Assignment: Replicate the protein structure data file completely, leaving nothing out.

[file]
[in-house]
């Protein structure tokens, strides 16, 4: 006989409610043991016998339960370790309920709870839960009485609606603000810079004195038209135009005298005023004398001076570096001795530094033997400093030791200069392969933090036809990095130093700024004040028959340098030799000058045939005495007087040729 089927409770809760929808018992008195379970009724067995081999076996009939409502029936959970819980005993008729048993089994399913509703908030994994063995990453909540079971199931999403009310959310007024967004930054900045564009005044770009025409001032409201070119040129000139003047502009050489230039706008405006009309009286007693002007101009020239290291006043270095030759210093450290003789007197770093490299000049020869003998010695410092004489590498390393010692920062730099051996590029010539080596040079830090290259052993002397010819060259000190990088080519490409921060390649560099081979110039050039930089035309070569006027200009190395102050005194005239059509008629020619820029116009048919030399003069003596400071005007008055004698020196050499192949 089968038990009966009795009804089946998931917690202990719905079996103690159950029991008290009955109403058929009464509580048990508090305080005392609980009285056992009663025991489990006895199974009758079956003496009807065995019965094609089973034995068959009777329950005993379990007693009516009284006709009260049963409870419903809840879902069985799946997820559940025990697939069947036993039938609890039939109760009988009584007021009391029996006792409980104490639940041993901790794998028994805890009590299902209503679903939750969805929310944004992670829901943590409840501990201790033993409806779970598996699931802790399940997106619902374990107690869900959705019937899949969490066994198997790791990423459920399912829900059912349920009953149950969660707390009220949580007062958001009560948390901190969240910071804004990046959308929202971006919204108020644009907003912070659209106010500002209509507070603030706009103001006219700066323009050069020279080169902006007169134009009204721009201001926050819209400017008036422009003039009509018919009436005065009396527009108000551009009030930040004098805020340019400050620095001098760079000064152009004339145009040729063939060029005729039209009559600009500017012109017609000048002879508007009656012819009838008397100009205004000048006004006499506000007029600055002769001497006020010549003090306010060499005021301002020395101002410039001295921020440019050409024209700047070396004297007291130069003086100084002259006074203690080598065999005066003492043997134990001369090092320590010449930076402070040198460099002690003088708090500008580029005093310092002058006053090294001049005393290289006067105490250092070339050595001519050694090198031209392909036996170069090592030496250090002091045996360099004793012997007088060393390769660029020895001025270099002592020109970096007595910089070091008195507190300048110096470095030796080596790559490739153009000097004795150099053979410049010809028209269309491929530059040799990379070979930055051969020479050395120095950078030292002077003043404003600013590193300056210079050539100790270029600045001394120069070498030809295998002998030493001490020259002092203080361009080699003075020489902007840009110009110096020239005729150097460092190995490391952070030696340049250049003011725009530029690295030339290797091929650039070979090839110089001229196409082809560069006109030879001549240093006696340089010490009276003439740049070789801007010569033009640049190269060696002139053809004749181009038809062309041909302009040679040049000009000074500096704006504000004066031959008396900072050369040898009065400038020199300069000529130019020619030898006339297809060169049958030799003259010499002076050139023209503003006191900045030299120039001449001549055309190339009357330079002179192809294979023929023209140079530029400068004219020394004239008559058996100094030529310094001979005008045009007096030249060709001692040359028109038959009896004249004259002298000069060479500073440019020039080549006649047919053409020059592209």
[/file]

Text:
[in-house]
């Protein structure tokens, strides 16, 4: 006989409610043991016998339960370790309920709870839960009485609606603000810079004195038209135009005298005023004398001076570096001795530094033997400093030791200069392969933090036809990095130093700024004040028959340098030799000058045939005495007087040729 089927409770809760929808018992008195379970009724067995081999076996009939409502029936959970819980005993008729048993089994399913509703908030994994063995990453909540079971199931999403009310959310007024967004930054900045564009005044770009025409001032409201070119040129000139003047502009050489230039706008405006009309009286007693002007101009020239290291006043270095030759210093450290003789007197770093490299000049020869003998010695410092004489590498390393010692920062730099051996590029010539080596040079830090290259052993002397010819060259000190990088080519490409921060390649560099081979110039050039930089035309070569006027200009190395102050005194005239059509008629020619820029116009048919030399003069003596400071005007008055004698020196050499192949 089968038990009966009795009804089946998931917690202990719905079996103690159950029991008290009955109403058929009464509580048990508090305080005392609980009285056992009663025991489990006895199974009758079956003496009807065995019965094609089973034995068959009777329950005993379990007693009516009284006709009260049963409870419903809840879902069985799946997820559940025990697939069947036993039938609890039939109760009988009584007021009391029996006792409980104490639940041993901790794998028994805890009590299902209503679903939750969805929310944004992670829901943590409840501990201790033993409806779970598996699931802790399940997106619902374990107690869900959705019937899949969490066994198997790791990423459920399912829900059912349920009953149950969660707390009220949580007062958001009560948390901190969240910071804004990046959308929202971006919204108020644009907003912070659209106010500002209509507070603030706009103001006219700066323009050069020279080169902006007169134009009204721009201001926050819209400017008036422009003039009509018919009436005065009396527009108000551009009030930040004098805020340019400050620095001098760079000064152009004339145009040729063939060029005729039209009559600009500017012109017609000048002879508007009656012819009838008397100009205004000048006004006499506000007029600055002769001497006020010549003090306010060499005021301002020395101002410039001295921020440019050409024209700047070396004297007291130069003086100084002259006074203690080598065999005066003492043997134990001369090092320590010449930076402070040198460099002690003088708090500008580029005093310092002058006053090294001049005393290289006067105490250092070339050595001519050694090198031209392909036996170069090592030496250090002091045996360099004793012997007088060393390769660029020895001025270099002592020109970096007595910089070091008195507190300048110096470095030796080596790559490739153009000097004795150099053979410049010809028209269309491929530059040799990379070979930055051969020479050395120095950078030292002077003043404003600013590193300056210079050539100790270029600045001394120069070498030809295998002998030493001490020259002092203080361009080699003075020489902007840009110009110096020239005729150097460092190995490391952070030696340049250049003011725009530029690295030339290797091929650039070979090839110089001229196409082809560069006109030879001549240093006696340089010490009276003439740049070789801007010569033009640049190269060696002139053809004749181009038809062309041909302009040679040049000009000074500096704006504000004066031959008396900072050369040898009065400038020199300069000529130019020619030898006339297809060169049958030799003259010499002076050139023209503003006191900045030299120039001449001549055309190339009357330079002179192809294979023929023209140079530029400068004219020394004239008559058996100094030529310094001979005008045009007096030249060709001692040359028109038959009896004249004259002298000069060479500073440019020039080549006649047919053409020059592209």